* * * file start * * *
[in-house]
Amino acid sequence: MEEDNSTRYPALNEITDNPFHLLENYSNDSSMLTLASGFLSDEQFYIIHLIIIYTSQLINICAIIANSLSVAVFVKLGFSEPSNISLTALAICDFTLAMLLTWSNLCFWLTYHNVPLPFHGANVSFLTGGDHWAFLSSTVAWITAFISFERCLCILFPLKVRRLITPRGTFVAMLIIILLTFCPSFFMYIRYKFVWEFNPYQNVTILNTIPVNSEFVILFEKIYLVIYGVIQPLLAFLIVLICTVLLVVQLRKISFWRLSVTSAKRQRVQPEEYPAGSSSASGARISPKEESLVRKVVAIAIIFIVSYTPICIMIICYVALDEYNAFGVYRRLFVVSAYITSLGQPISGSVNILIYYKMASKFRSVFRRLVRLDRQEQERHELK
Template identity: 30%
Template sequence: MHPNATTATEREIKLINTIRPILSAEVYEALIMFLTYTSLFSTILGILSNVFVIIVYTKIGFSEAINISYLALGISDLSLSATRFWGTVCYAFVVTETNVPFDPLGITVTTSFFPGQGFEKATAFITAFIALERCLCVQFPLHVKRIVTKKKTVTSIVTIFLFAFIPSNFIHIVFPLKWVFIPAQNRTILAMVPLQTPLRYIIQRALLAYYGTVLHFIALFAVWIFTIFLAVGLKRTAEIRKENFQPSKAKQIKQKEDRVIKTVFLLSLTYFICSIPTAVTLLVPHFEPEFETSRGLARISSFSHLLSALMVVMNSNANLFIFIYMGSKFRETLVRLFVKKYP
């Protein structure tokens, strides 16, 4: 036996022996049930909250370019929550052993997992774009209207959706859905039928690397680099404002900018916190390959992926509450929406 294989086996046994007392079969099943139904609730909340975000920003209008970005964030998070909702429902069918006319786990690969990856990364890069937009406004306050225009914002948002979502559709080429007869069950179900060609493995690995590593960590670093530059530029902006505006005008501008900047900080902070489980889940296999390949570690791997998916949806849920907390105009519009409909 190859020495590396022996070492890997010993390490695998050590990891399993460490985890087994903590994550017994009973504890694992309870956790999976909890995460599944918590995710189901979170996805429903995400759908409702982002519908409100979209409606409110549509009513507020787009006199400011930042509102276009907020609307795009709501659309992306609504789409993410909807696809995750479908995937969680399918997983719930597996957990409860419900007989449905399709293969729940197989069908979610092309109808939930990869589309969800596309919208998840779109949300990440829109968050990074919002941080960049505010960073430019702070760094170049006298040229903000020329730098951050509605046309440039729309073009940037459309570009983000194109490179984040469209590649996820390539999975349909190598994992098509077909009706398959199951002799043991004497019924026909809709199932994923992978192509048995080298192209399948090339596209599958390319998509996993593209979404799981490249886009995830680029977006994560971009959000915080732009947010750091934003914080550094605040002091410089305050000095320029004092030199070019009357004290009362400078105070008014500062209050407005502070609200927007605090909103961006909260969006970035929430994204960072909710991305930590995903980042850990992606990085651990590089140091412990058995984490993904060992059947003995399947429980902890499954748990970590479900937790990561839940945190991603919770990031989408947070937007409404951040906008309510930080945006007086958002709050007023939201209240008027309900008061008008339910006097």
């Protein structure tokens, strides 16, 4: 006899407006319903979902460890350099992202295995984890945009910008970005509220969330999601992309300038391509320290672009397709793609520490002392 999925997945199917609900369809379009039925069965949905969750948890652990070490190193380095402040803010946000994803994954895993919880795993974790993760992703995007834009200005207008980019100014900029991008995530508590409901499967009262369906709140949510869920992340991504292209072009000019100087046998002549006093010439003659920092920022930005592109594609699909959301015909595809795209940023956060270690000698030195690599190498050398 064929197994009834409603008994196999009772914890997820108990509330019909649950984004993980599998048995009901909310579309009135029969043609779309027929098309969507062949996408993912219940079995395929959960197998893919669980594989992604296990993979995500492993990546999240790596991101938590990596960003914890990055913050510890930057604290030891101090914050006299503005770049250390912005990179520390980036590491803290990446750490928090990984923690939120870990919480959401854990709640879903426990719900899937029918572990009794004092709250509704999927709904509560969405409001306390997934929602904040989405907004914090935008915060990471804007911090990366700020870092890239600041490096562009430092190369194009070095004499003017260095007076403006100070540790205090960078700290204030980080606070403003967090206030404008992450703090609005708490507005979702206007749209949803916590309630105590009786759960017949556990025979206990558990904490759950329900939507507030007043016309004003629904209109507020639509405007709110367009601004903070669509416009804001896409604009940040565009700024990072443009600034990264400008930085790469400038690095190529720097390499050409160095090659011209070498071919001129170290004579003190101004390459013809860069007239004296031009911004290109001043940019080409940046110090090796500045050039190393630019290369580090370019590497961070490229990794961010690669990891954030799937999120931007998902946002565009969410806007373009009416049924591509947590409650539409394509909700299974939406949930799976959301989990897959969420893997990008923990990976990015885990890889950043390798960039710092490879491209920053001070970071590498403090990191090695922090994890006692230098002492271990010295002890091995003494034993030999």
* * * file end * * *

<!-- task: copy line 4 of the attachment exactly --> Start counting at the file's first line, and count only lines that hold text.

Template sequence: MHPNATTATEREIKLINTIRPILSAEVYEALIMFLTYTSLFSTILGILSNVFVIIVYTKIGFSEAINISYLALGISDLSLSATRFWGTVCYAFVVTETNVPFDPLGITVTTSFFPGQGFEKATAFITAFIALERCLCVQFPLHVKRIVTKKKTVTSIVTIFLFAFIPSNFIHIVFPLKWVFIPAQNRTILAMVPLQTPLRYIIQRALLAYYGTVLHFIALFAVWIFTIFLAVGLKRTAEIRKENFQPSKAKQIKQKEDRVIKTVFLLSLTYFICSIPTAVTLLVPHFEPEFETSRGLARISSFSHLLSALMVVMNSNANLFIFIYMGSKFRETLVRLFVKKYP